THINGS TO DO | Top 10 Things To Do in Ecuador
1. Mountain biking/hiking on Chimborazo
Standing at 6,268m, Chimborazo is the highest mountain in Ecuador, the tallest volcano in the world, and it’s also the closest you can get to the sun whilst still being on earth.
It’s possible to climb it but it’s also a great place to practise your mountain biking skills. In the last few years, a mountain biking track has been carved into the mountain. Many tours operate out of Riobamba, and you can find the most experienced guides at Probici.
2. See the wildlife of the Galapagos
No trip to Ecuador is complete without a trip to the astonishing Galapagos Islands. Follow in Darwin’s footsteps to hunt for blue-footed boobies, marine iguanas, sea lions, and giant tortoises.
Those on a budget should consider doing a DIY land hopping trip but if you’ve got a bit of cash, another option is to take a cruise, which will enable you to visit uninhabited islands that you can’t get to on day trips out of the main island, Santa Cruz. Read more about budget Galapagos trips here.
3. Witness the untouched wilderness of Yasuní National Park
The biodiversity in this part of the Amazon basin is unmatched by anywhere on Ecuador’s mainland. There are so many animals here, including jaguars, caimans, harpy eagles, and over 600 species of bird, that UNESCO has declared it an international biosphere reserve.
It’s difficult to get around and easier to navigate by canoe. There are two indigenous tribes in the park, the Tagaeri and the Taromenane, who remain in voluntary isolation from the outside world. Unfortunately, an attempt to stop oil companies drilling in the national park failed so now is a good time to see it before it’s destroyed.
4. Bird watching in Mindo
Mindo is a charming town located up in the cloud forests, meaning it’s one of the best places to go birdwatching in the whole of South America. If your budget stretches to it, stay in one of the treetop lodges.
Most are outside of the ramshackle city centre but they offer the best chance of spotting the rarest birds. There are also hiking, mountain biking and canyoning opportunities in Mindo.
5. Hike the Quilotoa Loop
The Quilotoa Loop is an epic hike that takes you from the town of Latacunga into the heart of the Kichwa speaking highlands, to a beautiful, blue crater lake.
Spend at least 3 days doing the loop, but if you have more time you can volunteer on sustainable development projects or just stay for a few days and soak up the atmosphere of indigenous villages, which come alive on their respective market days.
If you don’t fancy hiking, you can always hitchhike or take a taxi, but there are no buses that travel the whole loop. Short on time? Why not see Quilotoa Lake on a day trip from Quito?
6. Ride the Nariz del Diablo
The Nariz del Diablo (the Devil’s Nose) is a beautifully restored touristic train that travels from Alausí to the indigenous village of Sibambe. When built in 1902, it was one of the most dangerous and difficult railroads in the world.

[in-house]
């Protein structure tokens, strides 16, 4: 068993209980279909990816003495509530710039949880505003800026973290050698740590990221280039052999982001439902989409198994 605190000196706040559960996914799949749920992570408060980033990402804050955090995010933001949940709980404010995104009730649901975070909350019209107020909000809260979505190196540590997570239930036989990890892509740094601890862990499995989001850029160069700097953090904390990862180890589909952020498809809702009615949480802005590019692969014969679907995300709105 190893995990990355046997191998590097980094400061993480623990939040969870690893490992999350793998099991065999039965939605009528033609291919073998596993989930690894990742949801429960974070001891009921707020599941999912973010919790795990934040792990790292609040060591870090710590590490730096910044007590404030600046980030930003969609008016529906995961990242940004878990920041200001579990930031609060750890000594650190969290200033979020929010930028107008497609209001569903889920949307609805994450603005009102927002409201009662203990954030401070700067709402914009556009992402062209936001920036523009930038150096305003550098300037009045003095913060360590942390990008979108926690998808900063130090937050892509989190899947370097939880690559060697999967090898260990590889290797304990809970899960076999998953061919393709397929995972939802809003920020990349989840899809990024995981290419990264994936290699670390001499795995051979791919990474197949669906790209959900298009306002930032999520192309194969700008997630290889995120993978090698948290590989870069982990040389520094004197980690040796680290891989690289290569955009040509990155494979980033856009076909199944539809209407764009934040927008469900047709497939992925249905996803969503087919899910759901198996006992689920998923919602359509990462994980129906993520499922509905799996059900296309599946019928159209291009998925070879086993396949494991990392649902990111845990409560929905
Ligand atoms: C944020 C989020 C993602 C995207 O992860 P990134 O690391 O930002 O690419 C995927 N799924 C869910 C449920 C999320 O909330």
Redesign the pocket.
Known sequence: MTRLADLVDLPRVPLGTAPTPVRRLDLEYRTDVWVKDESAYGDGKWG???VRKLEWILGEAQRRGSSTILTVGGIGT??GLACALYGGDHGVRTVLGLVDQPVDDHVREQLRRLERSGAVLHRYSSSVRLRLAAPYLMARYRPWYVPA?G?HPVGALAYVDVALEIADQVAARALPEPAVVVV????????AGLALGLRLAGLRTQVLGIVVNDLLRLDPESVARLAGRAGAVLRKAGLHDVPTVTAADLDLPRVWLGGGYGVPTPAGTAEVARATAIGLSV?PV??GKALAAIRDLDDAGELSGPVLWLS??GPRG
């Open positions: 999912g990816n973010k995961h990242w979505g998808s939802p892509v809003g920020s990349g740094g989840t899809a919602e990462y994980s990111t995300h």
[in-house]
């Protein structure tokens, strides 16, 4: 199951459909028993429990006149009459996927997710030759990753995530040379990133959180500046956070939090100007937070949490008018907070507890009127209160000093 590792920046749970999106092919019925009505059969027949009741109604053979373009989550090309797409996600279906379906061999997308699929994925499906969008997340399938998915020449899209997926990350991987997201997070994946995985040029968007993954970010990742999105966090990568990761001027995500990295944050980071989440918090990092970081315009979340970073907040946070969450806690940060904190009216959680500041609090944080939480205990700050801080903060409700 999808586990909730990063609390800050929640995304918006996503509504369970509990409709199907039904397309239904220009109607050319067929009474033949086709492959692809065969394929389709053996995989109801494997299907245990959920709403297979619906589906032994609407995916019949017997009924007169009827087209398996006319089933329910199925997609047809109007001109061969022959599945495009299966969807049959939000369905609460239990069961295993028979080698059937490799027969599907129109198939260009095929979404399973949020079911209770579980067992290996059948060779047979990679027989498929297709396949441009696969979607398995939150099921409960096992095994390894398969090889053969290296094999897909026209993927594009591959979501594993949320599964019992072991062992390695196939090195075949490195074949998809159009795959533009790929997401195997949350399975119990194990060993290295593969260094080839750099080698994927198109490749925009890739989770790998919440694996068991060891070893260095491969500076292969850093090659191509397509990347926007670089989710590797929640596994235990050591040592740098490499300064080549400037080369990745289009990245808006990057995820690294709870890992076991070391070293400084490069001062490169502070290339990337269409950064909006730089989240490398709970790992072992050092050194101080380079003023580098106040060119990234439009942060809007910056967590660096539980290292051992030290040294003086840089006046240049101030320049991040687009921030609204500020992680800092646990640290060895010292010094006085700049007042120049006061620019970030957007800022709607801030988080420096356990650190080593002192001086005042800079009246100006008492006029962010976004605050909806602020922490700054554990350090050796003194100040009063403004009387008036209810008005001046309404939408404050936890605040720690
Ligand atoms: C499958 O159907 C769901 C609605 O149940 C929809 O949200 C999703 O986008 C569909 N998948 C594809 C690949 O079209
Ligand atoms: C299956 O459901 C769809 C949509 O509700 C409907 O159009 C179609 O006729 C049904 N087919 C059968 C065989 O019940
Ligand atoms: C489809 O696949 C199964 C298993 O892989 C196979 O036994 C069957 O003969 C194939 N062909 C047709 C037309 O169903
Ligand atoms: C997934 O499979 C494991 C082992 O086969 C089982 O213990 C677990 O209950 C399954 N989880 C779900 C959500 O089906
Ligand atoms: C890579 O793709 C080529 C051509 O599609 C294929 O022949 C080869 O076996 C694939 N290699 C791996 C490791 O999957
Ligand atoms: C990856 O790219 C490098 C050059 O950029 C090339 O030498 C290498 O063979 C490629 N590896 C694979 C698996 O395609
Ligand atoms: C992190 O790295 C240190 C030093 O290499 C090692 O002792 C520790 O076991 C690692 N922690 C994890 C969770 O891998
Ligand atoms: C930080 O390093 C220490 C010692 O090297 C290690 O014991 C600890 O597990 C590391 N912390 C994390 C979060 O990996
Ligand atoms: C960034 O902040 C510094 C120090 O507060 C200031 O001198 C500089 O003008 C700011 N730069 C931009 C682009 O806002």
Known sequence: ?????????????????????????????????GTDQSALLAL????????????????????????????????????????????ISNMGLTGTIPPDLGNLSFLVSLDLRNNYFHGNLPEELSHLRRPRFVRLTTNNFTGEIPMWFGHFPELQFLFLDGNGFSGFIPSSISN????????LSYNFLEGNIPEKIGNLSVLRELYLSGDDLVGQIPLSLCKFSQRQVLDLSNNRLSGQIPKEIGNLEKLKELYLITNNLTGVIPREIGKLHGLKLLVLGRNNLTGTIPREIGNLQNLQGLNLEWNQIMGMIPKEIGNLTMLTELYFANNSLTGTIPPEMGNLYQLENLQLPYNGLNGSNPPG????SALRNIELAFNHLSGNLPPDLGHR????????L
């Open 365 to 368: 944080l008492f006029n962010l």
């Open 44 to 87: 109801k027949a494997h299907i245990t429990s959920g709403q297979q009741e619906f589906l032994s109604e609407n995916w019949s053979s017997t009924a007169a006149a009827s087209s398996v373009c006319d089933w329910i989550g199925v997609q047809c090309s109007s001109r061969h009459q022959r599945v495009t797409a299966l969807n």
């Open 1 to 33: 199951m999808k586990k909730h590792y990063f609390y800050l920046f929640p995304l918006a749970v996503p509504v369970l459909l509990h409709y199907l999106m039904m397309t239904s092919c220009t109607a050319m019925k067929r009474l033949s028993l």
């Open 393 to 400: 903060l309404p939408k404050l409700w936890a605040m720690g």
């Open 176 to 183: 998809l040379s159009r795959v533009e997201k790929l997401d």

Now, it offers a peaceful journey through a valley where you can experience jaw-dropping views and join in with the traditional music and dancing of the Nizag indigenous tribe.
7. Kayaking and Rafting in Tena and Macas
Tena and Macas are both gateways to the southern Oriente, and this is where you’ll find the longest stretch of whitewater in Ecuador, meaning that there are a few tour operators here who offer tubing, rafting, and kayaking.
When you dry off, this is also a great place for shamanic rituals and visits to the Shuar community, one of the larger Amazonian tribes. It’s best to go with a professional guide, as some villages will flat out refuse solo travellers. Check out our full article about rafting in Tena here.
8. Surfing in Montañita
Montañita is a raucous backpacker town, with the South American to Gringo ratio almost equal. It’s the surfing and party capital of Southern Ecuador and the boarding conditions are perfect all year round.
You might end up here a lot longer than you originally intended, nursing that mojito hangover – you wouldn’t be the first! For a much more chilled surfing scene, check out nearby Ayampé.
9. Visit Puerto Lopez
This is a great place to go if your budget doesn’t stretch to the Galapagos, or you’re short on time. Puerto Lopez is the gateway to Ecuador’s only coastal national park, Machalilla.
It is home to Isla de la Plata, where you can see a plethora of birdlife, including charming blue-footed boobies. Several tour operators offer diving or whale watching trips too.
10. Climbing Cotopaxi
Although Chimborazo is Ecuador’s highest mountain, Cotopaxi is easier to get to from Quito. Hiking Cotopaxi is challenging and as a result, most travellers only go as high as the glacier.
If mountain hiking isn’t your thing, you can get beautiful views of the volcano from Cotopaxi national park, where if you’re lucky you might spot deer, condors, and spectacled bears. Check out this post for more amazing South American animals!
Do you have any more questions about Ecuador? Contact us by email, leave a comment below or ask away in the South America Backpacker Facebook Community!
Written by: Sheree Hooker & Dan Hall.
1 thought on “Ecuador Backpacking Guide!”
I’m considering a trip to mainland Ecuador. Can one backpack, camp and hike in Ecuador’s national parks without a guide? I have no desire to hike much above treeline – no technical climbing for me.